Mauna Kea observatory, Hawaii 1982

Childs, Iraphne R. (1982) Mauna Kea observatory, Hawaii 1982. [Image]

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Abstract

Mauna Kea (lit. White Mountain), considered dormant, is a shield volcano approx 1 million years old and is Hawaii's highest peak at 4250m (13,769ft), but measured from its base on the sea floor its elevation is 10,000m (33,000ft) high, significantly higher than Mt. Everest. The peak is always snow-capped in winter, sometimes to a snow-depth of several meters. In Hawaiian mythology, the peaks of the volcanoes of the island of Hawaii are sacred ground, and Mauna Kea is the most sacred of all. An ancient law allowed only high-ranking tribal chiefs to visit its peak. With its high altitude, dry environment, and stable airflow, Mauna Kea's summit is one of the best sites in the world for astronomical observation. Thirteen telescopes funded by eleven countries have been constructed at the summit, for scientific research, and comprise the largest such facility in the world. Their construction on "sacred landscape" continues to be a topic of debate. This image, taken in summer from the summit shows one of the observatories and a view of the summit of Mauna Loa on the horizon.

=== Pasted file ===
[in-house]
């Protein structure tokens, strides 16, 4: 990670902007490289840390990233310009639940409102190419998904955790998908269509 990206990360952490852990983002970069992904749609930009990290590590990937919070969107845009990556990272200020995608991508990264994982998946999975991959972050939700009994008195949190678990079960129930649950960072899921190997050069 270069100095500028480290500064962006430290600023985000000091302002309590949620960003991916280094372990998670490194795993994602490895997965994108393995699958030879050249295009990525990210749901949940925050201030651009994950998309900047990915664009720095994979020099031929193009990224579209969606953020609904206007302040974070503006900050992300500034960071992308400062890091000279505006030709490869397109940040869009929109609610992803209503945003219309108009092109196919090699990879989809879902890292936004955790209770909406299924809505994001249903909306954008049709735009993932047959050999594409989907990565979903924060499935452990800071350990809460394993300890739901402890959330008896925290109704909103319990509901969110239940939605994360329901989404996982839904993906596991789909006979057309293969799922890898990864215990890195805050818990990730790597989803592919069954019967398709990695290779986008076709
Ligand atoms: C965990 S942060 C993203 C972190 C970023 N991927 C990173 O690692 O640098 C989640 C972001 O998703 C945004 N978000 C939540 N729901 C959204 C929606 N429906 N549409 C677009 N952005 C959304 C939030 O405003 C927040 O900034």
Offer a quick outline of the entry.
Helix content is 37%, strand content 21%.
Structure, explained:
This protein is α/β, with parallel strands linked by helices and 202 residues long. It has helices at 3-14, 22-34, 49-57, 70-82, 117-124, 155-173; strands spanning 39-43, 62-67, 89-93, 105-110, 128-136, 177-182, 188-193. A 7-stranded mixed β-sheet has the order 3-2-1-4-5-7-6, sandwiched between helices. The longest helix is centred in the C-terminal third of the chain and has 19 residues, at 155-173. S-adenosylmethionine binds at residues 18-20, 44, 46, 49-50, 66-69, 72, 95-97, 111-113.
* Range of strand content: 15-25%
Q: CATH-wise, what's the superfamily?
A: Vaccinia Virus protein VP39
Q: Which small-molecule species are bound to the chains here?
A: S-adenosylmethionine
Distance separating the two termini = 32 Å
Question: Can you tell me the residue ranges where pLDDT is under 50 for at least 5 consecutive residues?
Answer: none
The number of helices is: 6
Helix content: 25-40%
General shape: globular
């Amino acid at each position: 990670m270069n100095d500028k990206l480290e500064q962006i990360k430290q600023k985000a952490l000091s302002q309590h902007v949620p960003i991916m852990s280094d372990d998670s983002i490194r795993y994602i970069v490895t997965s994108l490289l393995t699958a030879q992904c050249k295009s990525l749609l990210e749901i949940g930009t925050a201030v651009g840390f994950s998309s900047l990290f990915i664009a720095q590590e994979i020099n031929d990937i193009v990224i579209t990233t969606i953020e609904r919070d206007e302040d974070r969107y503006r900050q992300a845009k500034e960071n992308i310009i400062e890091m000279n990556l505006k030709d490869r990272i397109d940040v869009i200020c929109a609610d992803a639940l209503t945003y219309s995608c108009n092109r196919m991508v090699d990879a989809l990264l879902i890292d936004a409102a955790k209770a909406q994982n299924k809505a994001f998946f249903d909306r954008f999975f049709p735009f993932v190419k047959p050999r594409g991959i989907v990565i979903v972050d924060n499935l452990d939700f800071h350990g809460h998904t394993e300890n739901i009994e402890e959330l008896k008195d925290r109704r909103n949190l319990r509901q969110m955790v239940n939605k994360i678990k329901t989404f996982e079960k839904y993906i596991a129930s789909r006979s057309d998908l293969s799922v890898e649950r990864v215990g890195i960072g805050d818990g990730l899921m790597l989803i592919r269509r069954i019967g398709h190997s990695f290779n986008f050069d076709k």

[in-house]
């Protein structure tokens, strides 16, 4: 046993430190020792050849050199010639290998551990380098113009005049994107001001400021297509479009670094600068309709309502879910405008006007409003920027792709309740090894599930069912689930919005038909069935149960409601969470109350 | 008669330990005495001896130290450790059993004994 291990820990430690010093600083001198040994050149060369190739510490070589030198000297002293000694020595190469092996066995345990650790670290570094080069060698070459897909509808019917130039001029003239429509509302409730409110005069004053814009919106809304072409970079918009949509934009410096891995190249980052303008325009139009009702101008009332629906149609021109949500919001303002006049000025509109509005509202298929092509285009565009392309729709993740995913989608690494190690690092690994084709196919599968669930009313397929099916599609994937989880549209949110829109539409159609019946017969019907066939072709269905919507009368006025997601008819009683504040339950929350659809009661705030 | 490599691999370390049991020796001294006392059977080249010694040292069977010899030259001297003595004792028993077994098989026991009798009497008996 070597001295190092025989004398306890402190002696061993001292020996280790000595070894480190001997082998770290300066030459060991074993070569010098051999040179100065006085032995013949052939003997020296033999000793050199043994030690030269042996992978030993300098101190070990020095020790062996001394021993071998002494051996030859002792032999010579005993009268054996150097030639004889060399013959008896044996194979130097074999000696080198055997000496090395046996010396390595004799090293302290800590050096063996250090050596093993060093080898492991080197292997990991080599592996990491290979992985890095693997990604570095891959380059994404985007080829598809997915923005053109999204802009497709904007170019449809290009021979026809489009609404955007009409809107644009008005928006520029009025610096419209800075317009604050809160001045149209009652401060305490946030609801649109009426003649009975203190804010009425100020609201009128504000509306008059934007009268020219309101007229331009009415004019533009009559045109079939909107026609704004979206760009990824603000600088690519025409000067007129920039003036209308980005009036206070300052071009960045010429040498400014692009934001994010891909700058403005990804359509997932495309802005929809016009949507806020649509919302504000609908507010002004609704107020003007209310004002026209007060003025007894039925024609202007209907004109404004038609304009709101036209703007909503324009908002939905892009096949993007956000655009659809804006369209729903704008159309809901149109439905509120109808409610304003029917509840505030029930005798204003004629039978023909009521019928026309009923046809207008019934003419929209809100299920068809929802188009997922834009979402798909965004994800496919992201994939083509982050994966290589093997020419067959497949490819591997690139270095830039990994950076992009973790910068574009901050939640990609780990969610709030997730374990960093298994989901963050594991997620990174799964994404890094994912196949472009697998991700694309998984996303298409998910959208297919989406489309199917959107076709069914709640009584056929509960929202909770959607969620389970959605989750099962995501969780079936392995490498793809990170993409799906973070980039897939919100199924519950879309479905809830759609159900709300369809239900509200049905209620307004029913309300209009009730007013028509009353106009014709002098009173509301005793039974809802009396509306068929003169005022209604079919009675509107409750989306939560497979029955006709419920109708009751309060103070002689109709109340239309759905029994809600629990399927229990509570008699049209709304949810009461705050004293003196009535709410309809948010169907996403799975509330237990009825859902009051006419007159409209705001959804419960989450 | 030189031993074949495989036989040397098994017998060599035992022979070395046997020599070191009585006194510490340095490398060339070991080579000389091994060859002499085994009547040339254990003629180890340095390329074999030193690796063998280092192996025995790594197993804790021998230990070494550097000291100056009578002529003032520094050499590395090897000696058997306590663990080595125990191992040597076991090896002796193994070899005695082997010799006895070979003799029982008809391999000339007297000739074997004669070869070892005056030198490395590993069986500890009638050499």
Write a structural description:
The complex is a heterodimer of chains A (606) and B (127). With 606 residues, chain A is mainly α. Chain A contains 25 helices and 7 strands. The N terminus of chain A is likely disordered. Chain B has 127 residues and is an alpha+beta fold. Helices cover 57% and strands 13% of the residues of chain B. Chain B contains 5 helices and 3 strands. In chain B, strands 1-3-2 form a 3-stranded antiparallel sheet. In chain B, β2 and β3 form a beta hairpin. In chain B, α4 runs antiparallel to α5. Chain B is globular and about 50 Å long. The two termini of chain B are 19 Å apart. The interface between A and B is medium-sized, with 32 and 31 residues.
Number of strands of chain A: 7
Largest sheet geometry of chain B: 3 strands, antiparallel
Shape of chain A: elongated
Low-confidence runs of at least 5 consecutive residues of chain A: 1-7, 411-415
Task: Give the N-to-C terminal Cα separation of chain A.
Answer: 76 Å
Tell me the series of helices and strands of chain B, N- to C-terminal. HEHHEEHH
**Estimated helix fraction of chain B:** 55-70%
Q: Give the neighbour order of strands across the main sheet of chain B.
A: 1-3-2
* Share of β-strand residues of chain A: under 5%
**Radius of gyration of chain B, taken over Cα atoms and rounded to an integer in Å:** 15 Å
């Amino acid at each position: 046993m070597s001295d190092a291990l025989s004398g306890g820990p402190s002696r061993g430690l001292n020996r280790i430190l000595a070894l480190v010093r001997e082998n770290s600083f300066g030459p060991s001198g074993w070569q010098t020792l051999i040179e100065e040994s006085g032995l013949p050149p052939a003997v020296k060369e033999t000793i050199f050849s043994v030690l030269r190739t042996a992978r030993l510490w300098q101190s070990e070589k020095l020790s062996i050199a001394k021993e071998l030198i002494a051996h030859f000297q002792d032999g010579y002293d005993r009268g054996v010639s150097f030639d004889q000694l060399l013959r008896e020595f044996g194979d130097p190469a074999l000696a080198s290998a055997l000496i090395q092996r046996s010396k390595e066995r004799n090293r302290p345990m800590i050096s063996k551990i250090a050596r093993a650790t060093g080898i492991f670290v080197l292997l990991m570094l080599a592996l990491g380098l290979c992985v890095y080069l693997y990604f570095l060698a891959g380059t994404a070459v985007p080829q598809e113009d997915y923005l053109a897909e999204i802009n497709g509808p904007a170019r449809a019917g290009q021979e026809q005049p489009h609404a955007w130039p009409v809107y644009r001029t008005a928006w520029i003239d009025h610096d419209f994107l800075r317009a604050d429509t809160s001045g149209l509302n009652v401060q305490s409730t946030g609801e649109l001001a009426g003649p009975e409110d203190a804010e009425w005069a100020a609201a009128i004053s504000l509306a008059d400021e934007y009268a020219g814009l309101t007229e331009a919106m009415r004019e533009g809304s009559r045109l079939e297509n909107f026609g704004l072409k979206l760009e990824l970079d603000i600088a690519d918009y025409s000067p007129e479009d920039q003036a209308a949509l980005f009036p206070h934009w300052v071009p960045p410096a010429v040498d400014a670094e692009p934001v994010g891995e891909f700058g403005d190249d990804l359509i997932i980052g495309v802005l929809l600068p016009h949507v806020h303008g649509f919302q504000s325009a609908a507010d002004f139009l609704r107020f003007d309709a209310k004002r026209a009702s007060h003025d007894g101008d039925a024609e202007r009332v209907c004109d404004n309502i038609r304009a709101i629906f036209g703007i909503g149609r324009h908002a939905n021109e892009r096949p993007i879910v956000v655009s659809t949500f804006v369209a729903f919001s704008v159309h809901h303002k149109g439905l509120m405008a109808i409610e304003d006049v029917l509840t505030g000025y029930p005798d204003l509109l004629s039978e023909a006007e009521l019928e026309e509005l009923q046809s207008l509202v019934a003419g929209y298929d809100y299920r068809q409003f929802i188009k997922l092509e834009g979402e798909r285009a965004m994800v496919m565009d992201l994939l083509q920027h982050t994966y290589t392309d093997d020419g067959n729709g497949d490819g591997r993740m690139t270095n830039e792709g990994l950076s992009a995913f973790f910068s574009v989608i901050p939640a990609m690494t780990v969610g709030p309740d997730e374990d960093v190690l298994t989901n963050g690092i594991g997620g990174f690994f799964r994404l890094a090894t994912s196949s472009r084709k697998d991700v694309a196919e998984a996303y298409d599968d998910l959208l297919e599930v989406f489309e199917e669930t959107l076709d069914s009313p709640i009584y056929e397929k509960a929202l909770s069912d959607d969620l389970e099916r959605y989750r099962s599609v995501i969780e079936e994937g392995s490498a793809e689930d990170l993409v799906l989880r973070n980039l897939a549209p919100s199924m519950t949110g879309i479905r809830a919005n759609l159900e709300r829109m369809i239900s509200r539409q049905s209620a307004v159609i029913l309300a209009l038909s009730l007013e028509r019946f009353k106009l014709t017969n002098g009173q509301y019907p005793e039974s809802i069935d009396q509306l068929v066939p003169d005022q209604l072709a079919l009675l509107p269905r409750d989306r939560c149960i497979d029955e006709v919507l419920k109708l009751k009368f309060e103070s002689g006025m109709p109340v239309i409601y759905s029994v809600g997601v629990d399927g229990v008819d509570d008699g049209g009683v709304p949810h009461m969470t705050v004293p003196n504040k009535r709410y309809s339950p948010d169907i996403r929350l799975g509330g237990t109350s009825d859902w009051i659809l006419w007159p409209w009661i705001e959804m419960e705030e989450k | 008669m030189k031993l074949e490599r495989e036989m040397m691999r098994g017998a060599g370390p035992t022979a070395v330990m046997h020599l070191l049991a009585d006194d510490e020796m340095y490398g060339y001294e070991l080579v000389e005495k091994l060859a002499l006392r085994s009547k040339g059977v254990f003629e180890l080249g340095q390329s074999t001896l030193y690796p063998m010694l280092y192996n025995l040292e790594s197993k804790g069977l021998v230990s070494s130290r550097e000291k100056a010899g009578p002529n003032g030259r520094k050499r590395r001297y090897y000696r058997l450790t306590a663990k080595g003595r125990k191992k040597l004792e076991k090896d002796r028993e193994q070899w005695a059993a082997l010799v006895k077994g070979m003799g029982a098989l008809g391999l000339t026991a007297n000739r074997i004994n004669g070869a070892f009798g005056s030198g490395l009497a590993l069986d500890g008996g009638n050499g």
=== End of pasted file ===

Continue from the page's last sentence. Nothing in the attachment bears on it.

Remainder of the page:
Additional Information

Item Type: Image
Collection: Asia-Pacific Images: 1970s-1990s
Keywords: volcanoes; telescopes
Date Deposited: 16 Oct 2013 13:03
Last Modified: 30 Aug 2014 19:38
Copyright Owner: Copyright Iraphne R. Childs.
Location:
CountryState or RegionPlace
United States of AmericaHawaiiMauna Kea
URI: https://digitalcollections.qut.edu.au//id/eprint/323
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